Akhil Reed Amar writes the inevitable Times Op-Ed "A Liberal's Case For Brett Kavanaugh."

Amar is an esteemed legal scholar, but he's far from infallible. For example, in this 2016 interview he calls Hillary Clinton "lowborn." She was not; she grew up solidly middle class - if not upper middle class. Just sayin'.


From Seeking Alpha's newsletter:

"As an ideological conservative he's expected to push the court to the right on a number of issues, including business regulation. Kavanaugh has been critical of the expanding powers of federal agencies, including on measures like labor rights, credit-card fees and 'payday' loans."

But he's a Catholic who's really into his community!


Just sayin' -

"[Kavanaugh] also has authored more than 800 opinions appellate court decisions, creating a long record of legal reasoning and positions that is sure to be scoured by Democrats looking to derail his nomination," the Sun-Times says in an editorial.

Everyone else says 300 opinions.


Flores Folly
"A federal judge has turned down President Donald Trump's request to alter a decades-old legal settlement to allow long-term detention of children who entered the U.S. illegally with their parents," Politico reports.

"Los Angeles-based U.S. District Court Judge Dolly Gee dismissed as 'tortured' the Trump administration's legal argument to get out from under the so-called Flores consent decree agreed to back in 1997, dictating that children in immigration detention not be held more than 20 days.

"'Defendants seek to light a match to the Flores Agreement and ask this Court to upend the parties' agreement by judicial fiat,' wrote Gee, an appointee of President Barack Obama. 'It is apparent that Defendants' Application is a cynical attempt . . . to shift responsibility to the Judiciary for over 20 years of Congressional inaction and ill-considered Executive action that have led to the current stalemate.'"

Beachwood readers first encountered Flores on June 5th, and again on the 7th and reiterated on the 21st.


Kill The Electoral College
From Axios:

"Remember that a shift of fewer than 80,000 votes in three states (Michigan, Pennsylvania and Wisconsin) would have made Hillary Clinton president."


Your TV Is Watching You
"The growing concern over online data and user privacy has been focused on tech giants like Facebook and devices like smartphones. But people's data is also increasingly being vacuumed right out of their living rooms via their televisions, sometimes without their knowledge," the New York Times reports.

"In recent years, data companies have harnessed new technology to immediately identify what people are watching on internet-connected TVs, then using that information to send targeted advertisements to other devices in their homes. Marketers, forever hungry to get their products in front of the people most likely to buy them, have eagerly embraced such practices. But the companies watching what people watch have also faced scrutiny from regulators and privacy advocates over how transparent they are being with users."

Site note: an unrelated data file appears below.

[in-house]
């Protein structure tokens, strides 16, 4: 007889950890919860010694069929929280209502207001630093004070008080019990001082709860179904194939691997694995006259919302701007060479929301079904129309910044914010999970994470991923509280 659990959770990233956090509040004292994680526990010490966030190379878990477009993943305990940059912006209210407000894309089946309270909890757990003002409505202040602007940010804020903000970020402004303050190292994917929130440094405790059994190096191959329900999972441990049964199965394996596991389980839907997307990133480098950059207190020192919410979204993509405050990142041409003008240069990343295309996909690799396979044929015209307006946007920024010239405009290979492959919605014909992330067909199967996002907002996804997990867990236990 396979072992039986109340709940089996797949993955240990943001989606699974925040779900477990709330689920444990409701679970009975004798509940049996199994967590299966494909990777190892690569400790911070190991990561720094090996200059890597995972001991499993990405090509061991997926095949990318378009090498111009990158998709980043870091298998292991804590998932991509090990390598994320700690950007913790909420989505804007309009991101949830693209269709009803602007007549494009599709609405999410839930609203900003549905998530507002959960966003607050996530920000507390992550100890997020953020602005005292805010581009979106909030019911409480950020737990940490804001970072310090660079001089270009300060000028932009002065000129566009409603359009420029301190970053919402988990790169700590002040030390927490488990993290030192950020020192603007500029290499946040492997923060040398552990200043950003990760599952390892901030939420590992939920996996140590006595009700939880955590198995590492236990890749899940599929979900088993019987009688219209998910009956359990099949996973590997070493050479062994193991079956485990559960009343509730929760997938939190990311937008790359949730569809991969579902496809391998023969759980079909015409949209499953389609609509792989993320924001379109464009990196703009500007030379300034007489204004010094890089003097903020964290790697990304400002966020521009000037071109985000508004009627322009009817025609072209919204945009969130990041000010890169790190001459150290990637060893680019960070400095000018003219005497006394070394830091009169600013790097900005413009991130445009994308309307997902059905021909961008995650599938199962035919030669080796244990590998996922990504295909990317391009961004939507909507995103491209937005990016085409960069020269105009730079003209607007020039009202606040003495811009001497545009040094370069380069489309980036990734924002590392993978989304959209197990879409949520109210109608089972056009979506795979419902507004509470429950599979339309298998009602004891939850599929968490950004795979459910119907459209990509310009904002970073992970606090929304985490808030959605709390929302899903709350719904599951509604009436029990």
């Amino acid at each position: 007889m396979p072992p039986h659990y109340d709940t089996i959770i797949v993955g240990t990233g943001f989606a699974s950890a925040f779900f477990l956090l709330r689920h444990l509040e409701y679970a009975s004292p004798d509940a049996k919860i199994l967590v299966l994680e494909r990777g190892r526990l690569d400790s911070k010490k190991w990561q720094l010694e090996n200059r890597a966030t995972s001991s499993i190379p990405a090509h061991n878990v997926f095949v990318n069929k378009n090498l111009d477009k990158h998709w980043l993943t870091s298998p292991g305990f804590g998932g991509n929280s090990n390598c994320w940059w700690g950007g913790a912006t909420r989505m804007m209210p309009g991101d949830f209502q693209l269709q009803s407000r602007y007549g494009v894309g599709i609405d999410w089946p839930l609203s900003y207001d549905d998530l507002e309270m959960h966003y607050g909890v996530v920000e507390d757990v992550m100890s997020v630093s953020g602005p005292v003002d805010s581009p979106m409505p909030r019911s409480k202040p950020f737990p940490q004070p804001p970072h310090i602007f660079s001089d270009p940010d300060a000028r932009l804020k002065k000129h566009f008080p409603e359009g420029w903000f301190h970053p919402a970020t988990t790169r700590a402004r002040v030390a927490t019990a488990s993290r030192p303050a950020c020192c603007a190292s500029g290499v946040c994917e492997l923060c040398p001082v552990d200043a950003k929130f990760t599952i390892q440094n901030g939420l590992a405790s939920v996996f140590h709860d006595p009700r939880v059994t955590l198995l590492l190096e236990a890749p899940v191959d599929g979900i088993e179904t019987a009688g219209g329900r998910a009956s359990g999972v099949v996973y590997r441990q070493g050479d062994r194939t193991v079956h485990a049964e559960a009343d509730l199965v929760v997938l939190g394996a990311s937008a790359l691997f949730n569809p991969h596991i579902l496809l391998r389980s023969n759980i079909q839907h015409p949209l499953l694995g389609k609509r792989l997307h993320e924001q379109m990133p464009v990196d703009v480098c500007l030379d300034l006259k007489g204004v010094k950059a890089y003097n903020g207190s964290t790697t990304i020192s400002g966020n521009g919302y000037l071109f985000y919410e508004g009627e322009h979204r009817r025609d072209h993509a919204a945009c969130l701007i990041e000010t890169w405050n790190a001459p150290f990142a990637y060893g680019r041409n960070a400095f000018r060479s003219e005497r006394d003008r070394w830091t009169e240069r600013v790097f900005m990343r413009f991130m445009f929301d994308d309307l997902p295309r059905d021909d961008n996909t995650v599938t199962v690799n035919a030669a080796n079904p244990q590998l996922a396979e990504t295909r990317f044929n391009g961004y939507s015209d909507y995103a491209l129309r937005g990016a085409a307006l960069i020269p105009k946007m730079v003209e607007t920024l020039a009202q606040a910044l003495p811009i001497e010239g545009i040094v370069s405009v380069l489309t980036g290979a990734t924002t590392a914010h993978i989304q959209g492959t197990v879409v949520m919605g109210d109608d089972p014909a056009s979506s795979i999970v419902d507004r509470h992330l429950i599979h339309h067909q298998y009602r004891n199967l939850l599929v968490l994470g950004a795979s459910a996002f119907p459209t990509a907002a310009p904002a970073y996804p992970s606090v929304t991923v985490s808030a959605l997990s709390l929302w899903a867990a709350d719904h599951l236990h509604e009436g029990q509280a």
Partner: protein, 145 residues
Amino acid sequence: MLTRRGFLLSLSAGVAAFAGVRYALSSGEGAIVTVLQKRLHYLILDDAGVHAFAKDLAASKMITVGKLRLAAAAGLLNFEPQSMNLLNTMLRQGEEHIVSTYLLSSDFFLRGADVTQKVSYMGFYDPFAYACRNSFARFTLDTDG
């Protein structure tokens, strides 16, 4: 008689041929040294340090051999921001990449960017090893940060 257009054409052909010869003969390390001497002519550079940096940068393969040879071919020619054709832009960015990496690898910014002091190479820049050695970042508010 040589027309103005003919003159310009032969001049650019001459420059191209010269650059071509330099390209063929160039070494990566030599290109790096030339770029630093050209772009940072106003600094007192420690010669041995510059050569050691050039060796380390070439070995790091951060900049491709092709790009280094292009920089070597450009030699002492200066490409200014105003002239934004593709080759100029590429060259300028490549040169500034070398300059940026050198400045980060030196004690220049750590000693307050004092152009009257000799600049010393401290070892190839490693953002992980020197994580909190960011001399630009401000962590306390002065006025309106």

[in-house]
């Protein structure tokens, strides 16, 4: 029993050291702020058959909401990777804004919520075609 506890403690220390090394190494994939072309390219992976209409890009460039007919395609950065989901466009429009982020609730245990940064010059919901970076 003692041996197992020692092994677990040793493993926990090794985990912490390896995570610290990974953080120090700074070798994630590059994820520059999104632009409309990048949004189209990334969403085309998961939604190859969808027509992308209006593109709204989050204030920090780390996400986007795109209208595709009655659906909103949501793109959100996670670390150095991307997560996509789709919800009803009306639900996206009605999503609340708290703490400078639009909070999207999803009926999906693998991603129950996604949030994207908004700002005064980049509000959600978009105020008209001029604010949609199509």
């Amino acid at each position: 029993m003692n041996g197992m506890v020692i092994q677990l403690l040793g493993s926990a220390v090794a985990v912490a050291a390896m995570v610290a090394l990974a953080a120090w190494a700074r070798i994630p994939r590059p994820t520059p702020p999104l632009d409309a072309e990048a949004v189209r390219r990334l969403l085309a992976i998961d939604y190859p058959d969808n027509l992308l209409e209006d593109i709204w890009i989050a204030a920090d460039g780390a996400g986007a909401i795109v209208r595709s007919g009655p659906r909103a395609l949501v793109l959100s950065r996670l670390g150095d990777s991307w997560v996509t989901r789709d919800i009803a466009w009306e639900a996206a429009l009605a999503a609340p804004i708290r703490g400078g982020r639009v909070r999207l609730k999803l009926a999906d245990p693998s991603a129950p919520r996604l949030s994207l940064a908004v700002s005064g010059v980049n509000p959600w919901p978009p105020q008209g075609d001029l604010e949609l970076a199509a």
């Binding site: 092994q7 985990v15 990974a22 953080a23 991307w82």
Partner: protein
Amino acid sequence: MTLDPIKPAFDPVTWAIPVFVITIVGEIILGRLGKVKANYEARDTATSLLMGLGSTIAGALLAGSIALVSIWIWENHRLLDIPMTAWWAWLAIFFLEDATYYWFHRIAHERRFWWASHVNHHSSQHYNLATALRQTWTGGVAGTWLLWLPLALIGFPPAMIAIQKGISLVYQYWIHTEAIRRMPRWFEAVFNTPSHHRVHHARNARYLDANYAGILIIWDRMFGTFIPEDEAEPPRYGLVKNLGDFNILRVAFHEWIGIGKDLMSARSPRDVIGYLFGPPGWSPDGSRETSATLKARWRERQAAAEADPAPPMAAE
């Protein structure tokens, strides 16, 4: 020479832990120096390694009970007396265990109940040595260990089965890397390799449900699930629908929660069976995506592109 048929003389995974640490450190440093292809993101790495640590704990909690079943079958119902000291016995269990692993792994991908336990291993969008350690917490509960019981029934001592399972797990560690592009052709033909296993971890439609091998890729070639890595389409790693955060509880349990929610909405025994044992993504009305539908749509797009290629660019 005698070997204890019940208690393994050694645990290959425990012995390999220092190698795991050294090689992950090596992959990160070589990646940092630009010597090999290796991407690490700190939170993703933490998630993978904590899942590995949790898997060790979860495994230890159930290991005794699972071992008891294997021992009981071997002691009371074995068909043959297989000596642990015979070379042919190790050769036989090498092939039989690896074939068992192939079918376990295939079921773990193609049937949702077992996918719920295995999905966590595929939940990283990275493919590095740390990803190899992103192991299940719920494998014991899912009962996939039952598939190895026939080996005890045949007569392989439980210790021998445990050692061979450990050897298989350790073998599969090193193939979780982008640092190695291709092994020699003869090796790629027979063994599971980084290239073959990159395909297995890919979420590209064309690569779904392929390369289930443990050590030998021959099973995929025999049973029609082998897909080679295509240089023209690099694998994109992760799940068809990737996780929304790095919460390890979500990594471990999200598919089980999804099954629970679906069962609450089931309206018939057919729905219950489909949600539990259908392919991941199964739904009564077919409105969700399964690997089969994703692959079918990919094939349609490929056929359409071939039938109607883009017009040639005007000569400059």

The Times notes that "Last year, Vizio paid $2.2 million to settle claims by the Federal Trade Commission and the state of New Jersey that it was collecting and selling viewing data from millions of smart TVs without the knowledge or consent of set owners. "

From the Beachwood vault . . .

* November 2015: Own A Vizio Smart TV? It's Watching You.

* February 2017: Vizio To Pay $2.2 Million To Settle Charges It Secretly Collected Viewing Histories On 11 Million Users.


Seemingly related: Illinois Man: Bose Headphones Are Spying On Me! (He May Be Right).

A quick check on Google finds many news organizations covering the man's initial filing of a lawsuit, but none of them reporting on a resolution to said suit. Assignment Desk, activate!


New on the Beachwood . . .

The Weekend In Chicago Rock
Featuring: Ghostface Killah, Aly & AJ, Pixies, Radiohead, Smif N Wessun, Tesla, Weezer, Anthony Green, and Carbon Leaf.


Hey, that's not Kim Deal!


As States Legalize Sports Betting, Will Sports Media Go All In?
"When I was a reporter and editor for the Associated Press, I saw firsthand how traditional media outlets were slow to adapt to the Internet, much to their detriment.

"Now, with sports gambling, editors and reporters will ideally adjust appropriately, attracting more readers and subscribers by providing information that's useful to bettors.

"A potentially disastrous outcome would be if already cash-strapped media outlets are reluctant to change, and are slow to meet readers' needs."



Stare Decisis, The Supreme Court, And Roe
"[T]he reality is that everyone believes in stare decisis to some extent, and also that everyone believes it has exceptions . . . the Supreme Court sometimes overrules precedent and changes the law (a proposition so banal that, frankly, I did not think I would ever need to demonstrate its truth)."



More from the Beachwood music desk . . .

Last Week In Chicago Rock
Featuring: Janelle Monae, Jezi, Miki Howard, Iron Years, Snarky Puppy, and Jacob Collier.

Screen Shot 2018-07-10 at 7.14.43 AM.png


The Previous Weekend In Chicago Rock
Featuring: Big Brave, Poster Children, The Body, Lingua Ignota, Neil Young, Yanni, Lightweights, Dial Drive, The Ways of Tom, No Solution, The Bama Lamas, Jeremy Enigk, Jory Avner, and Bryan Adams.

Screen Shot 2018-07-10 at 7.19.22 AM.png


The Previous Week In Chicago Rock
Featuring: XEUTHANIZEDX, The Kreutzer Sonata, The Wailers, Code Orange, Strange Foliage, Chris Duarte, Dusk, Joshua Hedley, Mount Eerie, Camp Cope, Johnny Moon and the Astronauts, The Posies, and The Sword.

Screen Shot 2018-07-10 at 7.24.40 AM.png



🥒Rick #homedecor

A post shared by Whit Krystof (@whitkrystof) on



1965 NHL Stanley Cup Playoffs Game 7 Chicago at Detroit 4-15-1965.



The Male Founder Of The Feminist T-Shirt Brand You Love Has A Dark Past.


California's Gone Without Higher Ed Affirmative Action Since 1996. Black Enrollment At Top UCs Never Recovered.


My Favorite Recipe.


A sampling.





The Beachwood Tronc Line: Refined.


Posted on July 10, 2018

MUSIC - Chief Keef Changed The Industry.
TV - Vizio's Best Product Is You.
POLITICS - UIC: Soda Taxes Work.
SPORTS - More McCaskey Malpractice.

BOOKS - All About Poop.